In previous blocks on TraceEvent I shows you how easy it was to start up ETW sessions to collect information generated by System.Diagnnostics.Tracing.EventSource classes (typically logging that you yourself did). But I also mentioned in other blogs that the one of the real strengths of ETW was the fact that you get to correlate lots of OS generated events with your own. Well in this entry I will show you how to do this (although I will show you even better ways in later blogs).
In this blog I will walk though a simple application called 'ProcessMonitor' which basically prints a line to the screen every time a process on the system starts or stops. There is a ZIP file of a VS2010/VS2012 solution at the end of the blog and I encourage you to open it and read the code and play around with it. I have removed comments and error handling a the 'essential' code is only about 35 lines of code. Here it is.
The basic structure is basically the same as the 'real time' (no file) EventSource example that I already blogged about. Basically you
Once Process() is called, as events come in your event handlers will be called (for real time sessions there typically is a 1-3 second delay between the event happening and being called back in your Parser). In our case we are looked for events with at 'TaskName' of 'ProcessStart' and 'ProcessStop' and based on what we see there we call 'PayloadByName' to fetch particular payloads (and cast them to the correct type), and then process them (in this case simply print a message to the Console.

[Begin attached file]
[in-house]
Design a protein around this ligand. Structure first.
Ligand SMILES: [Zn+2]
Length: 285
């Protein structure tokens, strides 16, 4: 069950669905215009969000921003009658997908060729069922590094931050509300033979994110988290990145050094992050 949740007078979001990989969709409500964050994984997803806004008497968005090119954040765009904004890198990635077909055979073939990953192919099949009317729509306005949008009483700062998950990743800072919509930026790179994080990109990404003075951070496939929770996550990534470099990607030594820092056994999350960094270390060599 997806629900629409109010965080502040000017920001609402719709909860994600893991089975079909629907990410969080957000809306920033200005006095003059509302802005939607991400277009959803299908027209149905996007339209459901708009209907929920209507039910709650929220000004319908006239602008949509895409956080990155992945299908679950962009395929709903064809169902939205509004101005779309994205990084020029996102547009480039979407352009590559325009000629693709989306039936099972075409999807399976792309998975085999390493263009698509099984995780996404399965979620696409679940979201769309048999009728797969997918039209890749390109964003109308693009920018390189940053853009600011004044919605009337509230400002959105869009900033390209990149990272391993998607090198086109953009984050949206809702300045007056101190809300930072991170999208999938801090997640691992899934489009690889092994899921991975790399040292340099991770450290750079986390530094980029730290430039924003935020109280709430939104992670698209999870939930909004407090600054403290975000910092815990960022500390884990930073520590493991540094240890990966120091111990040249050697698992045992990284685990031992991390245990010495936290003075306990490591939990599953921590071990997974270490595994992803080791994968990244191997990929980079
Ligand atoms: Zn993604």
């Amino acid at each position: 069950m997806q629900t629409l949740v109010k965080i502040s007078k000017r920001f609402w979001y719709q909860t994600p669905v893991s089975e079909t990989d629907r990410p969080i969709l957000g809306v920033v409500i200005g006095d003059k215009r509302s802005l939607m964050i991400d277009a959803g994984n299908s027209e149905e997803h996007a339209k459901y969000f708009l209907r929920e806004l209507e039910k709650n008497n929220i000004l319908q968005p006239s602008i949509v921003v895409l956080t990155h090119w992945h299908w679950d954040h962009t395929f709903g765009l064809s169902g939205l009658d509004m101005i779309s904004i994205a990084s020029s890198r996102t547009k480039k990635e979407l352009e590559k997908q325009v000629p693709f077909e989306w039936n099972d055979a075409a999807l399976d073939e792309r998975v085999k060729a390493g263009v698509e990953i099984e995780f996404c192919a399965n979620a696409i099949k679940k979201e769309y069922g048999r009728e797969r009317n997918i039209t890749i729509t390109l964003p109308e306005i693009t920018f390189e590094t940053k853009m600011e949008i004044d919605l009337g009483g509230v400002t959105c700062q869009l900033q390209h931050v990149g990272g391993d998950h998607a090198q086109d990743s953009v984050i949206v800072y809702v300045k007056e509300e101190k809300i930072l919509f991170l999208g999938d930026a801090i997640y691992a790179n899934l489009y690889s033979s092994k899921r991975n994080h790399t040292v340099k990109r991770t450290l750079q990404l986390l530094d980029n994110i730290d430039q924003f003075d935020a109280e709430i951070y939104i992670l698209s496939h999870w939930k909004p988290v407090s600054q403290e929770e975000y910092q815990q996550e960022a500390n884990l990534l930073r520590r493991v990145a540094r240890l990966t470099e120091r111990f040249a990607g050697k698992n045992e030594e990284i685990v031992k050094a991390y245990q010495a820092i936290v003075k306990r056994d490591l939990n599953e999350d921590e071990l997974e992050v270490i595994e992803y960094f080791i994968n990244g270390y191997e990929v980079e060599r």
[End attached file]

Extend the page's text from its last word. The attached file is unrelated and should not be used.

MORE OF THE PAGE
So you can see, that the actual mechanics of making this tool is reasonably straightforward, however we make two important observations:
The answer to the first problem is to generate a provider-specific TraceEventParser at compile time. That is what we want is to have something that takes a provider (or more specifically a description of all the events in a provider called the manifest), and generates code that knows how to parse THOSE PARTICULAR EVENTS. Now you just link in that code, and the you can now get a much better experience, where intellisense works and each event knows the fields that are valid. We have a tool called 'TraceParserGen' which does exactly this, which I will talk about in a future blog. In the mean time I will show you how to find the strings I used in the code above for yourself in this blog entry.
Then answer to the second point (how do we figure out what providers are out there and what events are in the provider) for today at least is the 'logman query providers' command.
You can find out all the providers that have been registered in the operating system by running the command
It is a long list, which is why I redirected it to a file. Generally you care most about the providers that begin with 'Microsoft-' because these are the 'new' ETW providers. Most of the others are 'old' providers' and may not provide any useful information about how to enable them. It also does not include providers that did not publish themselves to the OS (EventSources DO NOT publish themselves an thus are not on the list). Thus the command above is pretty much only useful to find out what OS providers there are (which is still VERY useful).